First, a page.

Above post was cross posted - if speed is essential - then it sounds like the updates may be frequent? Even if there is a way to expand the usable write area - that would reduce the redundant data blocks available for sparing the wear for a longer usable life.

    Removed the SD socket?

  11. #11
    Quote Originally Posted by defragster View Post
    Above post was cross posted - if speed is essential - then it sounds like the updates may be frequent? Even if there is a way to expand the usable write area - that would reduce the redundant data blocks available for sparing the wear for a longer usable life.

    Removed the SD socket?
    Yes this is a custom design. So the sd card was left off. And I'm not talking about a lot of space required. There is 128k of space. I'm looking for 8k of that space. So there will be 120k left. I don't see the issue.

  12. #12
    Senior Member+ defragster's Avatar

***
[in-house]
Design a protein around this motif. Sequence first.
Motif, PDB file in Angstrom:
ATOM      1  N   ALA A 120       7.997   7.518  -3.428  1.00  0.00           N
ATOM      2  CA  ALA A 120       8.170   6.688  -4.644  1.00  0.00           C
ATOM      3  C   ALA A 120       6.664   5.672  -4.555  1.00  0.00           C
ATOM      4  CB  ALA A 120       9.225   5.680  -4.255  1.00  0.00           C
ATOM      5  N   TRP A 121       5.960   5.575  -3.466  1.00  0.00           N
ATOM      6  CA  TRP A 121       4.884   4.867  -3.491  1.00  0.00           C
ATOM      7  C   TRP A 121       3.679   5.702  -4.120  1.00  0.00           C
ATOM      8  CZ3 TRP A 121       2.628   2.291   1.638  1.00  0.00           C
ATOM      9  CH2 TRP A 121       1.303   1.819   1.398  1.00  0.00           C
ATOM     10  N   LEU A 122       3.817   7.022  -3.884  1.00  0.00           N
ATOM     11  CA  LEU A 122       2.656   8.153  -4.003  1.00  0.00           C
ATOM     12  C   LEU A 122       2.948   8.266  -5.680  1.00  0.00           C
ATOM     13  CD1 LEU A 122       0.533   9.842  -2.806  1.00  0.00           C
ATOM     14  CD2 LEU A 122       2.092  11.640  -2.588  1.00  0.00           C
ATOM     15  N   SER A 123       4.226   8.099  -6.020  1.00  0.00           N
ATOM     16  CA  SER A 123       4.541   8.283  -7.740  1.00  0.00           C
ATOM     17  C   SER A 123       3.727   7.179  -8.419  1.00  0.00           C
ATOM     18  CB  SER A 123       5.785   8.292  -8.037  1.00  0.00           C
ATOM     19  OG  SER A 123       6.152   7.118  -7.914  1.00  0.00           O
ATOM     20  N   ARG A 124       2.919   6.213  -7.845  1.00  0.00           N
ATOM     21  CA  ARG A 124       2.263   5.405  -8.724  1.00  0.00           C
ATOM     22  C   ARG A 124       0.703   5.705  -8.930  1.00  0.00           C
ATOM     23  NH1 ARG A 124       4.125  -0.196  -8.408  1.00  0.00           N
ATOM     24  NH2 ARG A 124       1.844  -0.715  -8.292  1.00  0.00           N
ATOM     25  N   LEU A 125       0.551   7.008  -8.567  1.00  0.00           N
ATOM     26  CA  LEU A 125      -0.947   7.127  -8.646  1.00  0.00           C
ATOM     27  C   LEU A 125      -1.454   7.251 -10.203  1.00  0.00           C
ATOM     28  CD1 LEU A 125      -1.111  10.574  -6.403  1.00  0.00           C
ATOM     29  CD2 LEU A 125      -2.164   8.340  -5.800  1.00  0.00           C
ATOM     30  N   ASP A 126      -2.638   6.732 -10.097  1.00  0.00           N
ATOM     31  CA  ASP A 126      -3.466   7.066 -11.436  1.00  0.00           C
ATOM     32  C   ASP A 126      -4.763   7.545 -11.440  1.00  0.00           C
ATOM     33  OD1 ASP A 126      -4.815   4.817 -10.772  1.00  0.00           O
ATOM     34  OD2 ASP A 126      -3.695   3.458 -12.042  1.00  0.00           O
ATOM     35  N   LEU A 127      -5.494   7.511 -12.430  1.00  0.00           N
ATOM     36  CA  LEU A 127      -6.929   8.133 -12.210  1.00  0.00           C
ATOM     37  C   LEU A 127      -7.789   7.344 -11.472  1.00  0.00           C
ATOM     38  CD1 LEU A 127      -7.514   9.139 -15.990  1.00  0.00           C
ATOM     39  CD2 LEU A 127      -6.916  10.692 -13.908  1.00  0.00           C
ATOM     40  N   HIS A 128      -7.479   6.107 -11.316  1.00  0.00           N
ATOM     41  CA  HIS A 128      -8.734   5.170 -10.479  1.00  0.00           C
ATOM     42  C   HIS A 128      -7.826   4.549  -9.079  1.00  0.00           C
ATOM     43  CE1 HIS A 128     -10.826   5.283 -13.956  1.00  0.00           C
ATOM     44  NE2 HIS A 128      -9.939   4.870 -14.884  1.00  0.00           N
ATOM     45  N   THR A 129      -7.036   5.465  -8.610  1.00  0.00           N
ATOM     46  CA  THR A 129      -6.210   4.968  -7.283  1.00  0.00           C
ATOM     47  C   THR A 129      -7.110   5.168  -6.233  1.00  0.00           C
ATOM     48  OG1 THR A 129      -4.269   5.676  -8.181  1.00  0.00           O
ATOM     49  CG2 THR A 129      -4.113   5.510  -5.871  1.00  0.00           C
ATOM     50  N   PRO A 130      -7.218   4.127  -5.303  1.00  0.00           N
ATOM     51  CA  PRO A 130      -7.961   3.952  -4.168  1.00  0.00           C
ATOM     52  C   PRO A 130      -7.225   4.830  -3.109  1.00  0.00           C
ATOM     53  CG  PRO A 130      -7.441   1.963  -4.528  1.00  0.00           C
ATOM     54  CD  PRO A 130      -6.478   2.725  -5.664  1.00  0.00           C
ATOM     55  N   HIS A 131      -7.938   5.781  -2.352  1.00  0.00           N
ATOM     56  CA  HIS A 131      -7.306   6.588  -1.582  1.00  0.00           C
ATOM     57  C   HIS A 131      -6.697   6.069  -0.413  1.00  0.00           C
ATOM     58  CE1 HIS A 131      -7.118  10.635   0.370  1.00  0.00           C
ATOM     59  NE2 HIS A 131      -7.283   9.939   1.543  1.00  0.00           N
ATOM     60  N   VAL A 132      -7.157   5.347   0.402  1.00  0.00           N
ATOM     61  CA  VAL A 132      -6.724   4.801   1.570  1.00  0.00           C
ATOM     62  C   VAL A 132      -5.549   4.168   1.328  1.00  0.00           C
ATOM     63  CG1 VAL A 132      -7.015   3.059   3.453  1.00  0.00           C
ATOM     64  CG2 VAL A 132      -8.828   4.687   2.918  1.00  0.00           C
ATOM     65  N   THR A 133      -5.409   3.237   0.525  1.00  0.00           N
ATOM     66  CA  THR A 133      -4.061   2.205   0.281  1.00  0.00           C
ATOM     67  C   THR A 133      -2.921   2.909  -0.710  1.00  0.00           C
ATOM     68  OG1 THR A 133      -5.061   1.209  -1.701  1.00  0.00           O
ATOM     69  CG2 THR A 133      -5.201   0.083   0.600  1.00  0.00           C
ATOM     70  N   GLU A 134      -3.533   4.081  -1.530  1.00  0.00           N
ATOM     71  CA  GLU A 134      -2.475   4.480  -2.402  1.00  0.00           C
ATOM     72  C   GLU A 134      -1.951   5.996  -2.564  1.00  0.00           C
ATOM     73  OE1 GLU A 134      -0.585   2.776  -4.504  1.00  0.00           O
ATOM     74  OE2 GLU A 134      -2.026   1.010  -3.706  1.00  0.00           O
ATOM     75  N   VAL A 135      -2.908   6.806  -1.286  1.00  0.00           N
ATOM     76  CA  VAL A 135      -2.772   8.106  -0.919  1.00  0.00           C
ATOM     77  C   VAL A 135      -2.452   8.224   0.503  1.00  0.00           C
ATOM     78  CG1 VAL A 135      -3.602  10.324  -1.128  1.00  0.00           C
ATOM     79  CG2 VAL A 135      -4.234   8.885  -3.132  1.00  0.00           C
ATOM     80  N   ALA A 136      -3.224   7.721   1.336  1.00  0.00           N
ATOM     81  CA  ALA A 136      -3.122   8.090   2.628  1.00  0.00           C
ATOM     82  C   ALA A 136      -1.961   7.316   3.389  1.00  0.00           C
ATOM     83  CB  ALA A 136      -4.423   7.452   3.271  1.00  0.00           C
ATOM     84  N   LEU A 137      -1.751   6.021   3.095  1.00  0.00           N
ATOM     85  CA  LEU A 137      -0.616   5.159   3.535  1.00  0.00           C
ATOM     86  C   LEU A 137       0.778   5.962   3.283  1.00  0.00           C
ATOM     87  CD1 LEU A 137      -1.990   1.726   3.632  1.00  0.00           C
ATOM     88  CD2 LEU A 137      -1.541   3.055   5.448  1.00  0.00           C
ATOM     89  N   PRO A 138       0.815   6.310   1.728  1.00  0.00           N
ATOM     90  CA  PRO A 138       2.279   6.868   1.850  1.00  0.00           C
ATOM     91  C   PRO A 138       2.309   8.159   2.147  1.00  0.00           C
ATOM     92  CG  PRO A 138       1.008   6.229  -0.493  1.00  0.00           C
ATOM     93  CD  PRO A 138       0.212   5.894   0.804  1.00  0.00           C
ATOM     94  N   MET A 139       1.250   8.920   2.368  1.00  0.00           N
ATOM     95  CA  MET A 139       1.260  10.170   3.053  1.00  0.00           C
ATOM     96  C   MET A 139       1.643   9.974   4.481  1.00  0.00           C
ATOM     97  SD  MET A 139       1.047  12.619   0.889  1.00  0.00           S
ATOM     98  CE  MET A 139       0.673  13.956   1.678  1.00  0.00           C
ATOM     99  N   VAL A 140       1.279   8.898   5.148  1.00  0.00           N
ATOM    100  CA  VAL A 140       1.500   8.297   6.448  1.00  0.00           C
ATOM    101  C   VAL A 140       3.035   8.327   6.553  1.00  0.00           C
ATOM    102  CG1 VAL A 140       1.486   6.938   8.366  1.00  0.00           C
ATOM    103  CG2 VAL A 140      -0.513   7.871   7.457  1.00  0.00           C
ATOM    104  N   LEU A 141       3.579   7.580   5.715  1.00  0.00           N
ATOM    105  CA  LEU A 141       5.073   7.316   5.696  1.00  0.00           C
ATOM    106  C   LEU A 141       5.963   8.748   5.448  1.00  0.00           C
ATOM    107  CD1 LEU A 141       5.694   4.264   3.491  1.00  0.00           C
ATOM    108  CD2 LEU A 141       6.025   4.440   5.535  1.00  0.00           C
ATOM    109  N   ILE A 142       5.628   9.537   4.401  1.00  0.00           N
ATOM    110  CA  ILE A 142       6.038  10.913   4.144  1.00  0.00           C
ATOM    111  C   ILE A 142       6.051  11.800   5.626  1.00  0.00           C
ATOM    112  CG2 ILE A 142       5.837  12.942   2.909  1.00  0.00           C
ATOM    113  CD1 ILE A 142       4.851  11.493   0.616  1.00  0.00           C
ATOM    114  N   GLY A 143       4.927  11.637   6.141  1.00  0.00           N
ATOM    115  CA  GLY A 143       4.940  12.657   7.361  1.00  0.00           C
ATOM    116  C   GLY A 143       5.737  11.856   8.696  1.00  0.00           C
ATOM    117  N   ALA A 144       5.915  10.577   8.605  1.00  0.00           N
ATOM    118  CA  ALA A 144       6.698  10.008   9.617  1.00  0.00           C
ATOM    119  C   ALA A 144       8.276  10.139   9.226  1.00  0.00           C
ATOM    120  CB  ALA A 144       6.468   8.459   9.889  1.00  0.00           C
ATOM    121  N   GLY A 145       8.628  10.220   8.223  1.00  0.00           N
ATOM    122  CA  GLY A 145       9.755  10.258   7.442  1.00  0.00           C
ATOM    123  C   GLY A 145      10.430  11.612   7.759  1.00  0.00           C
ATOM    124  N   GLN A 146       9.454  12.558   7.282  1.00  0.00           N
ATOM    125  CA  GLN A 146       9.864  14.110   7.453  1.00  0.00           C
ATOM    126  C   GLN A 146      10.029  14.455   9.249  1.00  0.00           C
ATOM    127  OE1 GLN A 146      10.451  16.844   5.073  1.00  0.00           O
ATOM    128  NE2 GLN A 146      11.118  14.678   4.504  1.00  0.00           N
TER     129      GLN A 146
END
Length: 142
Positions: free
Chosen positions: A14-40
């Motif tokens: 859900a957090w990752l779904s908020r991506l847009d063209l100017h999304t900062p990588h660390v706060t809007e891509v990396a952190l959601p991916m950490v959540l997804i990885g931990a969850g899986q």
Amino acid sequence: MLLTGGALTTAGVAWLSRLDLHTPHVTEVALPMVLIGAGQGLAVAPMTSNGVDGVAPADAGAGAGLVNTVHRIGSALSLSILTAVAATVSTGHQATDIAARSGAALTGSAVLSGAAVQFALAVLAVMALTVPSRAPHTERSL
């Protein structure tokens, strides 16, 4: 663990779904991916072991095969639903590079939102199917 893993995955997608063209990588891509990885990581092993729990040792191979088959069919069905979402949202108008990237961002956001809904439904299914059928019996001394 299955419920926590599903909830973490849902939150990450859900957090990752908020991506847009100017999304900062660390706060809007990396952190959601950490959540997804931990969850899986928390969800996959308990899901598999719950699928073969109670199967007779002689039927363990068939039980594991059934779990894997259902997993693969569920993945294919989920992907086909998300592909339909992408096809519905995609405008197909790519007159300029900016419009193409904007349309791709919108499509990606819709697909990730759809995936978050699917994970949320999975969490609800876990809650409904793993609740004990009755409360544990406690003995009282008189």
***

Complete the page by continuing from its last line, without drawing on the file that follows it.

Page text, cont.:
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    Quote Originally Posted by BHAYES View Post
    Yes this is a custom design. So the sd card was left off. And I'm not talking about a lot of space required. There is 128k of space. I'm looking for 8k of that space. So there will be 120k left. I don't see the issue.
    the 128 K of space is segmented - AFAIK all used - and overwritten in turn to minimize reuse of the same area as it would wear out. It also allows a fresh space to be written - perhaps hiding the time to reformat the space before the next write. There is special code and mapping to facilitate this - that implementation is likely were the limitation comes from.

  13. #13
    Ok I just came across a spec sheet that said it has a 4k x 8 eeprom size. So why is it so hard to find this info.

  14. #14
    Senior Member+ Theremingenieur's Avatar